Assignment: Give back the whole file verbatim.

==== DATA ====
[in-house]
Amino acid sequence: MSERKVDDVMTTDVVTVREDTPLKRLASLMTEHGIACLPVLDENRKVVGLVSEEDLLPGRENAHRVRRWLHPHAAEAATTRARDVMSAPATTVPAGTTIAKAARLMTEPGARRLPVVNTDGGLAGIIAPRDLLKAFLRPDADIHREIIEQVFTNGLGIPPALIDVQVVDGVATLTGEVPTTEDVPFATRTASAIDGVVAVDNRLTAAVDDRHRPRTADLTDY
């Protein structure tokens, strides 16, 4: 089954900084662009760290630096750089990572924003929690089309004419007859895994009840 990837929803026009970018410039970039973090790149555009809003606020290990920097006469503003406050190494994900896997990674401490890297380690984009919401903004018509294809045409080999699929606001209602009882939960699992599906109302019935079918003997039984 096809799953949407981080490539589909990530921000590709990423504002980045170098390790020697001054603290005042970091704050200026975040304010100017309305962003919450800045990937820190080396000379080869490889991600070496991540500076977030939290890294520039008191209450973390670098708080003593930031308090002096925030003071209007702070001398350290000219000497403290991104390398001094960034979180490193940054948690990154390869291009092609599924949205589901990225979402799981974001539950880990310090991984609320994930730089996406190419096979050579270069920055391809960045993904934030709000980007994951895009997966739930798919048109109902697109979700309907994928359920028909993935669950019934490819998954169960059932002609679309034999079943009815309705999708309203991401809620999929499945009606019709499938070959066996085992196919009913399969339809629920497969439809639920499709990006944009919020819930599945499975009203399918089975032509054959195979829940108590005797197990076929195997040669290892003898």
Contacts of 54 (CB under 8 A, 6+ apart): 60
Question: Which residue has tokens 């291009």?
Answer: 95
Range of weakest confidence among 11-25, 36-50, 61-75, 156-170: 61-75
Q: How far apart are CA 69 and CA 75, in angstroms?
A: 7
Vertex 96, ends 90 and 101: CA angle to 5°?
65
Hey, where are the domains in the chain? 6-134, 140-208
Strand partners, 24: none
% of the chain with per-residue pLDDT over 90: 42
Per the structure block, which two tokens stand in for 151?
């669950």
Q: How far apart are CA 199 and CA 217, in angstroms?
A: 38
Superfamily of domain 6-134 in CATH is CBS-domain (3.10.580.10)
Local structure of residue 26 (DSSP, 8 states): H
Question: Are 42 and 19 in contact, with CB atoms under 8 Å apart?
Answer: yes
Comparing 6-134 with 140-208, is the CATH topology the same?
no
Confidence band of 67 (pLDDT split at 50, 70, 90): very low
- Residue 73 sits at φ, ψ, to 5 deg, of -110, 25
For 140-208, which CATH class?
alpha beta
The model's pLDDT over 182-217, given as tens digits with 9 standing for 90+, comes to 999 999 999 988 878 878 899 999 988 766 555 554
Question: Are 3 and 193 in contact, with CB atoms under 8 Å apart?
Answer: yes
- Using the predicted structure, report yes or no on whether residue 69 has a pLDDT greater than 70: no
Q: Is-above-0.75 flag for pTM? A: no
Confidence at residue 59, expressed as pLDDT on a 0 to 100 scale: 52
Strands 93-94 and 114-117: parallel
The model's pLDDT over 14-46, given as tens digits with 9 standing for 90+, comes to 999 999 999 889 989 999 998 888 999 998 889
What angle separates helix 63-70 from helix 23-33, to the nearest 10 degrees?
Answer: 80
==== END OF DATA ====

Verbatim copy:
[in-house]
Amino acid sequence: MSERKVDDVMTTDVVTVREDTPLKRLASLMTEHGIACLPVLDENRKVVGLVSEEDLLPGRENAHRVRRWLHPHAAEAATTRARDVMSAPATTVPAGTTIAKAARLMTEPGARRLPVVNTDGGLAGIIAPRDLLKAFLRPDADIHREIIEQVFTNGLGIPPALIDVQVVDGVATLTGEVPTTEDVPFATRTASAIDGVVAVDNRLTAAVDDRHRPRTADLTDY
């Protein structure tokens, strides 16, 4: 089954900084662009760290630096750089990572924003929690089309004419007859895994009840 990837929803026009970018410039970039973090790149555009809003606020290990920097006469503003406050190494994900896997990674401490890297380690984009919401903004018509294809045409080999699929606001209602009882939960699992599906109302019935079918003997039984 096809799953949407981080490539589909990530921000590709990423504002980045170098390790020697001054603290005042970091704050200026975040304010100017309305962003919450800045990937820190080396000379080869490889991600070496991540500076977030939290890294520039008191209450973390670098708080003593930031308090002096925030003071209007702070001398350290000219000497403290991104390398001094960034979180490193940054948690990154390869291009092609599924949205589901990225979402799981974001539950880990310090991984609320994930730089996406190419096979050579270069920055391809960045993904934030709000980007994951895009997966739930798919048109109902697109979700309907994928359920028909993935669950019934490819998954169960059932002609679309034999079943009815309705999708309203991401809620999929499945009606019709499938070959066996085992196919009913399969339809629920497969439809639920499709990006944009919020819930599945499975009203399918089975032509054959195979829940108590005797197990076929195997040669290892003898």
Contacts of 54 (CB under 8 A, 6+ apart): 60
Question: Which residue has tokens 């291009």?
Answer: 95
Range of weakest confidence among 11-25, 36-50, 61-75, 156-170: 61-75
Q: How far apart are CA 69 and CA 75, in angstroms?
A: 7
Vertex 96, ends 90 and 101: CA angle to 5°?
65
Hey, where are the domains in the chain? 6-134, 140-208
Strand partners, 24: none
% of the chain with per-residue pLDDT over 90: 42
Per the structure block, which two tokens stand in for 151?
């669950």
Q: How far apart are CA 199 and CA 217, in angstroms?
A: 38
Superfamily of domain 6-134 in CATH is CBS-domain (3.10.580.10)
Local structure of residue 26 (DSSP, 8 states): H
Question: Are 42 and 19 in contact, with CB atoms under 8 Å apart?
Answer: yes
Comparing 6-134 with 140-208, is the CATH topology the same?
no
Confidence band of 67 (pLDDT split at 50, 70, 90): very low
- Residue 73 sits at φ, ψ, to 5 deg, of -110, 25
For 140-208, which CATH class?
alpha beta
The model's pLDDT over 182-217, given as tens digits with 9 standing for 90+, comes to 999 999 999 988 878 878 899 999 988 766 555 554
Question: Are 3 and 193 in contact, with CB atoms under 8 Å apart?
Answer: yes
- Using the predicted structure, report yes or no on whether residue 69 has a pLDDT greater than 70: no
Q: Is-above-0.75 flag for pTM? A: no
Confidence at residue 59, expressed as pLDDT on a 0 to 100 scale: 52
Strands 93-94 and 114-117: parallel
The model's pLDDT over 14-46, given as tens digits with 9 standing for 90+, comes to 999 999 999 889 989 999 998 888 999 998 889
What angle separates helix 63-70 from helix 23-33, to the nearest 10 degrees?
Answer: 80